SA needs more options for skills development

The education sector needs to diversify its offering to meet the needs of all South African learners, said Deputy President Cyril Ramaphosa during his address at the National Skills Conference.

“...if the post-school system is to serve the country well, we need more places and different avenues for people to learn.”

The purpose of the National Skills Conference was to look at ways of addressing poverty, injustice and the legacy of apartheid through skills development.

The theme of the conference was titled, “Skills Development for an Integrated and Differentiated Post-School Education and Training System.

Ramaphosa explained that post schooling could only be addressed by increasing opportunities for learning.

“if we are to serve the needs of all South Africans better, we need more types of courses and qualifications.”

While universities and TVET colleges play a vital role in educating South Africans, he called on schools and private institutions to look for ways to integrate learners who had not followed the traditional route.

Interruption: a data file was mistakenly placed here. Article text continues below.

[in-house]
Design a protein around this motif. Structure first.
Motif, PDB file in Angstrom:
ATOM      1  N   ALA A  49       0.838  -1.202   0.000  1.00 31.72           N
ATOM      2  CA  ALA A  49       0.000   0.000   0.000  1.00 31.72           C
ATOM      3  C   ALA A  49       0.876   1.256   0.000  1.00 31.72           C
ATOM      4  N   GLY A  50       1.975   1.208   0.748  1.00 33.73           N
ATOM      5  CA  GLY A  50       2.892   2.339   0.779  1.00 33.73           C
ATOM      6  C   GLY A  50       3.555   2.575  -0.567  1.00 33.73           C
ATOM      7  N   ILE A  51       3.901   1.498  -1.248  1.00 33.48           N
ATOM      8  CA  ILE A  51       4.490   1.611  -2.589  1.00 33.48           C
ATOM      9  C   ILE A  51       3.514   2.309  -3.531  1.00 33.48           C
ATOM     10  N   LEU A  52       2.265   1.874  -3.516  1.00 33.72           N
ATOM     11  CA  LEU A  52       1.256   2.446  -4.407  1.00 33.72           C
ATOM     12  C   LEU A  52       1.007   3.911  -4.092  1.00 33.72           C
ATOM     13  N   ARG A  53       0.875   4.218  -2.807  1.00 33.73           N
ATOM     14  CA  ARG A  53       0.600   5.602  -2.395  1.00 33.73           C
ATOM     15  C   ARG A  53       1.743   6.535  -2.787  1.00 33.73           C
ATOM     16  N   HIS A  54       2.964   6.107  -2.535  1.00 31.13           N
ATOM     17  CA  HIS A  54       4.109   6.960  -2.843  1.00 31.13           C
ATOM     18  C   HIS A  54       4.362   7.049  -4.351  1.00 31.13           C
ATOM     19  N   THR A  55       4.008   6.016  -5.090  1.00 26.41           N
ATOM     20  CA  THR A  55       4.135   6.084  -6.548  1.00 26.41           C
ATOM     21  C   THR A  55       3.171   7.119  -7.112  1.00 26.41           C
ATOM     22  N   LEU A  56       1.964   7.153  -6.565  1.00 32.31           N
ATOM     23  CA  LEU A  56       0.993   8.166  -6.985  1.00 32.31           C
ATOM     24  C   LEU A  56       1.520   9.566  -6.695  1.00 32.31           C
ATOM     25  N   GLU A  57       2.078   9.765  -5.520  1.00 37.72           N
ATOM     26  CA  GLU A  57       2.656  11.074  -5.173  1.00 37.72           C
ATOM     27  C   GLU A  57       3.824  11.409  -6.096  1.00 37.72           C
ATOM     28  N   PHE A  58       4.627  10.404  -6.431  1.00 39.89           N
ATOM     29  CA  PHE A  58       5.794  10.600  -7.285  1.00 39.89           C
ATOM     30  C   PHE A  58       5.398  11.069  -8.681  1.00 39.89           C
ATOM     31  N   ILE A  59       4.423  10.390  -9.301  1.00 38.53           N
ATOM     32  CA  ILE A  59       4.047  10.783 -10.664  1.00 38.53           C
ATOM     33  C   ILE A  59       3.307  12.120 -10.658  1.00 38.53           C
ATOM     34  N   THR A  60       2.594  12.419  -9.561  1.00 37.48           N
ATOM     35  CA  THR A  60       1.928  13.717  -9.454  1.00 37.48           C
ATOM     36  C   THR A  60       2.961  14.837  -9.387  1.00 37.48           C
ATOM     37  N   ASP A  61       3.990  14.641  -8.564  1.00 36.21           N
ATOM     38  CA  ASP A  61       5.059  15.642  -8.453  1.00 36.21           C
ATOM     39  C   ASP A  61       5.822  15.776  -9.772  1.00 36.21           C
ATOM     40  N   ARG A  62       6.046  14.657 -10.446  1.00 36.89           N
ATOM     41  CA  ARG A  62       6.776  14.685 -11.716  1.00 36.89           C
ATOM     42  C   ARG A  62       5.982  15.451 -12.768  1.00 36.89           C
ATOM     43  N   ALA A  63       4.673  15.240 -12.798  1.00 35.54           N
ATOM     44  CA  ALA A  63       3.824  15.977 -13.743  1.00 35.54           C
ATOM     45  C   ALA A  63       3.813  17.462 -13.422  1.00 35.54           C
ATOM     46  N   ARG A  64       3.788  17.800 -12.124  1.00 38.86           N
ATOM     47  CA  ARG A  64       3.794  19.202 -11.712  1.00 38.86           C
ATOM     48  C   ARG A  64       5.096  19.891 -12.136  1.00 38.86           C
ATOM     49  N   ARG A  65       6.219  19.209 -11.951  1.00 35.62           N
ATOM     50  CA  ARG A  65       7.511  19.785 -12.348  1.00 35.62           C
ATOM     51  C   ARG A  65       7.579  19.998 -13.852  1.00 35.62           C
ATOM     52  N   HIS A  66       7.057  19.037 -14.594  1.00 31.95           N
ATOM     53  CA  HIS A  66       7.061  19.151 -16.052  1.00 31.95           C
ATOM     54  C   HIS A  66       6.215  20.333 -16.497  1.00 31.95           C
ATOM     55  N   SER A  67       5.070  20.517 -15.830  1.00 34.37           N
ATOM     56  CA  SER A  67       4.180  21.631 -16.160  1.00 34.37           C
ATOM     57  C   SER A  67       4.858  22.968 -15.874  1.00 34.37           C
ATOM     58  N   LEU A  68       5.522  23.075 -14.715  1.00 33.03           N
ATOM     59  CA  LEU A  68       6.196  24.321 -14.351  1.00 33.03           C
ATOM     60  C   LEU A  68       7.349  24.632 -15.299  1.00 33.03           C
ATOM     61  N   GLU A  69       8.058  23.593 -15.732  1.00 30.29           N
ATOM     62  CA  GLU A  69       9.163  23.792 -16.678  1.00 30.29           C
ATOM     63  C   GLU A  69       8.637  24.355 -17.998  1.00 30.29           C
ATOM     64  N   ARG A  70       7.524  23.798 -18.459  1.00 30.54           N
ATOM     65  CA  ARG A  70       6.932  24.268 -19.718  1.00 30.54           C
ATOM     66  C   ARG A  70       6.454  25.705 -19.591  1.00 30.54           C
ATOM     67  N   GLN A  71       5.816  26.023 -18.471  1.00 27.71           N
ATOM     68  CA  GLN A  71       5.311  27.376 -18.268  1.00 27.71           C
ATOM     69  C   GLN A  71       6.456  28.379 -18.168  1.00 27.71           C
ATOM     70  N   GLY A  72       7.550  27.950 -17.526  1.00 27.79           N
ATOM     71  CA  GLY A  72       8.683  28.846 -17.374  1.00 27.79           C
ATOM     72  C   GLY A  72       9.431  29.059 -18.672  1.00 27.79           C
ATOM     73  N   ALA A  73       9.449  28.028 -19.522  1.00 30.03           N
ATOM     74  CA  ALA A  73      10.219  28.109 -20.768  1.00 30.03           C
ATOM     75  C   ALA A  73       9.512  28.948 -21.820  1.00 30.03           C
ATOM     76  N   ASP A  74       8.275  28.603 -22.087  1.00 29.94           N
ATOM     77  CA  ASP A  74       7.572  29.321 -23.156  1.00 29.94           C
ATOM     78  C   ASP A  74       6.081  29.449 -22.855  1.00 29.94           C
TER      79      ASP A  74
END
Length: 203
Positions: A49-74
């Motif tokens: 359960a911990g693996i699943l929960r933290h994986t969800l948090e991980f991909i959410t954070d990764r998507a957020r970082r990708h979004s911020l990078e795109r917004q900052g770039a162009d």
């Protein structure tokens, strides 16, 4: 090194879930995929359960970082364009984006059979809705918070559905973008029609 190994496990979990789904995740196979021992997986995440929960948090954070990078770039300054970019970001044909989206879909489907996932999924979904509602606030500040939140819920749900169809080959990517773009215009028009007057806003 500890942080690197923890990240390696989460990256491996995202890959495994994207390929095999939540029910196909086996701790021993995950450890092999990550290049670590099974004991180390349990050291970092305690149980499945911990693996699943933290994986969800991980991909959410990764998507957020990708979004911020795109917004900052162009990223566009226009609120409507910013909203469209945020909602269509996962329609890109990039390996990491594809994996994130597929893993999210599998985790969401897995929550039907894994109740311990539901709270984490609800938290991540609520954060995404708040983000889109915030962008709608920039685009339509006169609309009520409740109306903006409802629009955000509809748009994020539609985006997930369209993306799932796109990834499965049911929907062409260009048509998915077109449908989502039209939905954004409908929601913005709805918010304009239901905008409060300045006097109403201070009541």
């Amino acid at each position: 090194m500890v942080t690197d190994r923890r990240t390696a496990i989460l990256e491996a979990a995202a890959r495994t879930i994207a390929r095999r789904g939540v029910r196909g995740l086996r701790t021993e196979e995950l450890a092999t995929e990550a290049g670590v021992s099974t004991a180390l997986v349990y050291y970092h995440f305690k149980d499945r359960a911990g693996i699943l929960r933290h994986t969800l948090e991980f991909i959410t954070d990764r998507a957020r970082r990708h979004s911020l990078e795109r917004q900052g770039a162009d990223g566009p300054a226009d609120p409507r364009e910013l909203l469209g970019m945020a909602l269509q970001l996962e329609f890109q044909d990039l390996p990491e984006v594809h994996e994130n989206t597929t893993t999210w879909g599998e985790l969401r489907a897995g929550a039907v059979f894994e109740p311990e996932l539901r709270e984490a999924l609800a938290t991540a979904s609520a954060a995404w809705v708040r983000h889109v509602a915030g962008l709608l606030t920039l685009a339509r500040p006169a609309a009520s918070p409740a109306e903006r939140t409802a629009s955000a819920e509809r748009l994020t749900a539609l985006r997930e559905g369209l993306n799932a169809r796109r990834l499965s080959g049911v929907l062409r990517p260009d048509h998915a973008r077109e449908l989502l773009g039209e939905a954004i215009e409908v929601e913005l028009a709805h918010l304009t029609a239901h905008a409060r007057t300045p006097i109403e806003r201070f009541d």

“This is a vision that seeks to broaden access to skills development not only for those who have completed matric.It is a national vision that addresses our peculiar challenges by giving opportunities also to those who leave school earlier or who have never been to school.”

He made special reference to the poor, working class and female citizens and urged stakeholders to provide financial aid and broaden access to higher education for these groups.

“This is a call to institutions to develop effective academic support programmes for learners from underprivileged backgrounds. It is a call for schools to mainstream career guidance and counselling in their activities. It is a call for greater private sector participation and investment in improving learning and teaching.”

He reiterated the call to work together and criticised the disturbances that occurred during the first sitting of the Higher Education National Convention.

“As we commend the efforts led by former Deputy Chief Justice Dikgang Moseneke in organising stakeholders to find lasting solutions to the challenges facing higher education, we must condemn the disruption that took place.”

“Such disorder does nothing to advance the struggle for accessible, inclusive, quality higher education.”